What is concerning about these comments is that the sole intent of the Get Out the Vote initiative is to guarantee all voters are treated the same. Historically, incarcerated citizens have not been given the same opportunities to vote as other voters. This initiative is not giving special accommodations to incarcerated Americans, but rather safeguarding their basic right to vote.

When contacting jails and detention centers across the state, the responses we received were mixed. Some wardens were very supportive of our efforts, despite coming from conservative counties, others were not. Cooperative counties began sending lists of eligible inmates from July through September. However, physically coming into these facilities to register eligible voters proved difficult. Washington County, among others, refused to allow advocates to enter their facilities under the guise that COVID-19 posed too much of a risk. Nonetheless, some counties such as Howard and Carroll county opened their doors allowing Out for Justice advocates to come in and physically register eligible inmates to vote while adhering to all social distancing guidelines. These counties served as an example to others that with mutual effort, eligible inmates can have access to the ballot this fall. COVID-19 cannot be used as a scapegoat to excuse forestalling inmates’ right to vote.

Currently, Out for Justice has expanded its efforts through our Prison Power Podcast which seeks to educate, engage, and empower. We have worked with wardens, sheriffs, delegates, advocates, and individuals directly impacted by the criminal justice system to inform the community of current law, what efforts are being pursued, and why everyone’s right to vote is imperative. Although the Corrections Voting Policy had been adopted last year, it was not until Out for Justice advocates and partners such as Common Cause Maryland and the ACLU began holding officials accountable did they begin following their own policy.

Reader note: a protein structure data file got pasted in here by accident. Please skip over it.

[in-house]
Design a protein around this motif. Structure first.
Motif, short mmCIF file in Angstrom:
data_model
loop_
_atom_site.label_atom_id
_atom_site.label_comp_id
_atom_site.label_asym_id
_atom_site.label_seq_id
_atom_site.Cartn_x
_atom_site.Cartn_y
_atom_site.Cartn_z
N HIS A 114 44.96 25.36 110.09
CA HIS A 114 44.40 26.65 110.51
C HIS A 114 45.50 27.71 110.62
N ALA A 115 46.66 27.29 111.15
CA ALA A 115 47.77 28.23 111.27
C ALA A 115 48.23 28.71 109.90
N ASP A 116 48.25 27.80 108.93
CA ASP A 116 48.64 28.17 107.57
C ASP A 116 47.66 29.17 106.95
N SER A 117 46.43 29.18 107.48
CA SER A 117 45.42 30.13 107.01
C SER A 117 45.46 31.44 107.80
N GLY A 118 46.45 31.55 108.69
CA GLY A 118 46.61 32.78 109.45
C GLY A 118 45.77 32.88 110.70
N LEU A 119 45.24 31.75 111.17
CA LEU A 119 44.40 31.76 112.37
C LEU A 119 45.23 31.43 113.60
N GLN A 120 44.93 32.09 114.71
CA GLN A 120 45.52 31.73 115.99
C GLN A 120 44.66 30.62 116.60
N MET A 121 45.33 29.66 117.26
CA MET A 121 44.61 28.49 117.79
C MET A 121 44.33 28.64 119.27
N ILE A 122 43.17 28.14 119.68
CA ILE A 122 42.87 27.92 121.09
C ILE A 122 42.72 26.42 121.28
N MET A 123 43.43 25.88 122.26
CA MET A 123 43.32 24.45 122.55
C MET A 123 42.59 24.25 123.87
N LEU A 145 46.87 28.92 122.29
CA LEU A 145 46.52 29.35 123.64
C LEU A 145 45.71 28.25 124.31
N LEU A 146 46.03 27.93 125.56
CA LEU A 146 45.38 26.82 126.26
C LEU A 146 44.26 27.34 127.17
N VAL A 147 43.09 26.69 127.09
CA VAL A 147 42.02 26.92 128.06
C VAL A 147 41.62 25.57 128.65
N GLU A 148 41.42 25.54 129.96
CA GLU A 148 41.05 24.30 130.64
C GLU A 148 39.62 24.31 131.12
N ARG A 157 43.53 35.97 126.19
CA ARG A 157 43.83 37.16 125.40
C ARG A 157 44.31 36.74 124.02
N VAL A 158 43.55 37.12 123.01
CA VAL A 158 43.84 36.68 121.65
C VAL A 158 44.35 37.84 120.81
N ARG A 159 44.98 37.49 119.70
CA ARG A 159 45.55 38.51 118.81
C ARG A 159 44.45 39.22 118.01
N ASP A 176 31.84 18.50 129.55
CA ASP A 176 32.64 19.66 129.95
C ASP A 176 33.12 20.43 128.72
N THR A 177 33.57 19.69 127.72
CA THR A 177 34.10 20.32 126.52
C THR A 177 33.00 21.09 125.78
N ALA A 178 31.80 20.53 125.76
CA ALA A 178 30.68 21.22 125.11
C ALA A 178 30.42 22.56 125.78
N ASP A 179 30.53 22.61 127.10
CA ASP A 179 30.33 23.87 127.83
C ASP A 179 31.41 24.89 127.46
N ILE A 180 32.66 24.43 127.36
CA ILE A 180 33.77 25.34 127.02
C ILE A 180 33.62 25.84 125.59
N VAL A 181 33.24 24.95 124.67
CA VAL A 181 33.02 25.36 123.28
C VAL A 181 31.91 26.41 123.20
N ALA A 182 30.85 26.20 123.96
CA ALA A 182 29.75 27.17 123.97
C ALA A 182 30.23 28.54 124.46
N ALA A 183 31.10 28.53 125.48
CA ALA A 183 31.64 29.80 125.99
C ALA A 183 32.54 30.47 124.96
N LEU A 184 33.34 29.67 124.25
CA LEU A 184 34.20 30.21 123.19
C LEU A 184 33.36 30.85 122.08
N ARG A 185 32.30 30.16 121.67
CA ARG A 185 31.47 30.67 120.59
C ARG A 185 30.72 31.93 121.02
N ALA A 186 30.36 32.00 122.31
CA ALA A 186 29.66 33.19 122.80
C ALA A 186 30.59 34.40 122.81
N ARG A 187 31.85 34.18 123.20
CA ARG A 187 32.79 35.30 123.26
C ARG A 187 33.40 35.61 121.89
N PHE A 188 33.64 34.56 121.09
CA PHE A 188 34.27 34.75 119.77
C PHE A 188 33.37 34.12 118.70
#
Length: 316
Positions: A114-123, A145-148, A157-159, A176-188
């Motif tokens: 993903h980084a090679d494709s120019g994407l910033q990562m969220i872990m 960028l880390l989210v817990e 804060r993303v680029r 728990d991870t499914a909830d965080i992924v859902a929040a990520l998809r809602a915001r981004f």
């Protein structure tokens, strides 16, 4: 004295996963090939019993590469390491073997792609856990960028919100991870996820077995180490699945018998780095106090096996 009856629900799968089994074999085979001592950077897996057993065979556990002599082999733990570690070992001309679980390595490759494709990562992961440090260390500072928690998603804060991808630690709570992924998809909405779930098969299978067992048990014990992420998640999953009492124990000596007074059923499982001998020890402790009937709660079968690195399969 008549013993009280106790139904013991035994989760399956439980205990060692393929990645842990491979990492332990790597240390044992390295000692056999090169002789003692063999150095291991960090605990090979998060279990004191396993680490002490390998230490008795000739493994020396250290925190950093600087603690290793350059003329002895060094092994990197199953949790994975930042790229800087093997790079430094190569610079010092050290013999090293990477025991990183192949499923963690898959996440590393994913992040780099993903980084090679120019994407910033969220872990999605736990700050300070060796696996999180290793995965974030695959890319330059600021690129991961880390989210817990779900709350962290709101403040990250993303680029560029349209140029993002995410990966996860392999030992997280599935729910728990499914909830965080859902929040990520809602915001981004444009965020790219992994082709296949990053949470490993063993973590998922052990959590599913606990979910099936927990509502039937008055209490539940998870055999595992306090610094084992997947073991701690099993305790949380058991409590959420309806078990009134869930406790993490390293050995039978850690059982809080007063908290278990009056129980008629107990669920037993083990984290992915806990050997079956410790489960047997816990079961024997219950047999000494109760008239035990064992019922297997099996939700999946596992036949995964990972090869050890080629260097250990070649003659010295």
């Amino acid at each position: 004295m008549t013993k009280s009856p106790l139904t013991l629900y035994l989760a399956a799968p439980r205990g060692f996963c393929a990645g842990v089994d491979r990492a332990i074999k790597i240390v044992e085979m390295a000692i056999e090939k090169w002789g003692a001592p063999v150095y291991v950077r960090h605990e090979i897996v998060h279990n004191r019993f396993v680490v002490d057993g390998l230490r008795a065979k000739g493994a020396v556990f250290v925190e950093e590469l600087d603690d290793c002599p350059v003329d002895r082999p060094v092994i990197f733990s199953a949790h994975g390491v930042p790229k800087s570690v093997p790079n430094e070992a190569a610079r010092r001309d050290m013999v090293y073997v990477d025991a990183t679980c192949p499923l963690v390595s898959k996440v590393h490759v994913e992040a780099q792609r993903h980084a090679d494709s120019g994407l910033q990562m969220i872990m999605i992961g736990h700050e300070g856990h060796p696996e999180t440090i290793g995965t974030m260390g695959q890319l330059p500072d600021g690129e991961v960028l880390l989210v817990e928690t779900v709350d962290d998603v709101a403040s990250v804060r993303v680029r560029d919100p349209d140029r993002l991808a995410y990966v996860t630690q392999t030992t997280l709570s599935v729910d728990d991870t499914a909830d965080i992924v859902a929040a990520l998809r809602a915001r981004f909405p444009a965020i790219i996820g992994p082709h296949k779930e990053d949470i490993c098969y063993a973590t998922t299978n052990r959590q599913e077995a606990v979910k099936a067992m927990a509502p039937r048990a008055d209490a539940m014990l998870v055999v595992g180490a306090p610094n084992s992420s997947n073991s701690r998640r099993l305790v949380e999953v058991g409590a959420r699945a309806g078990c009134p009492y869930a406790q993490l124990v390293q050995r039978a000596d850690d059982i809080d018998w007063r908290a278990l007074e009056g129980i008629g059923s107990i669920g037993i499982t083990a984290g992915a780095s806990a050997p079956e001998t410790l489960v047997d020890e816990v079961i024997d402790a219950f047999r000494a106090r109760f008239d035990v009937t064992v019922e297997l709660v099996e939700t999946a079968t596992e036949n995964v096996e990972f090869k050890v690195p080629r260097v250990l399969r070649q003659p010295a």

It should not take advocates spearheading Get Out the Vote efforts to ensure every eligible voter can exercise their constitutional right to vote. Our democracy is upheld by the principle of voting; it is a fundamental right each and every American citizen possesses. When an American citizen enters the criminal justice system, they are not stripped of their citizenship. Therefore, why should they be stripped of their right to vote? Moreover, by law, incarcerated citizens on a pre-trial status or with a misdemeanor conviction do not lose their right to vote. Thus, have they not been given the same access to voting as other voters? Most inmates are not even aware they have the right to vote. Considering the president, senators, and representatives all enact laws influencing incarcerated Americans, they should—they must—have the opportunity to cast their vote. Public officials should not suppress our current and formerly incarcerated populations from the most basic practice of democracy: voting.


Daniel Wright is an attorney in the State of Maryland. Yara Daraiseh is a student at Princeton University.


Suggested citation: Daniel Wright and Yara Daraiseh, Incarcerated Americans in Maryland and Voting Rights, JURIST – Professional Commentary, October 31, 2020

This article was prepared for publication by Brianna Bell, a JURIST Staff Editor. Please direct any questions or comments to her at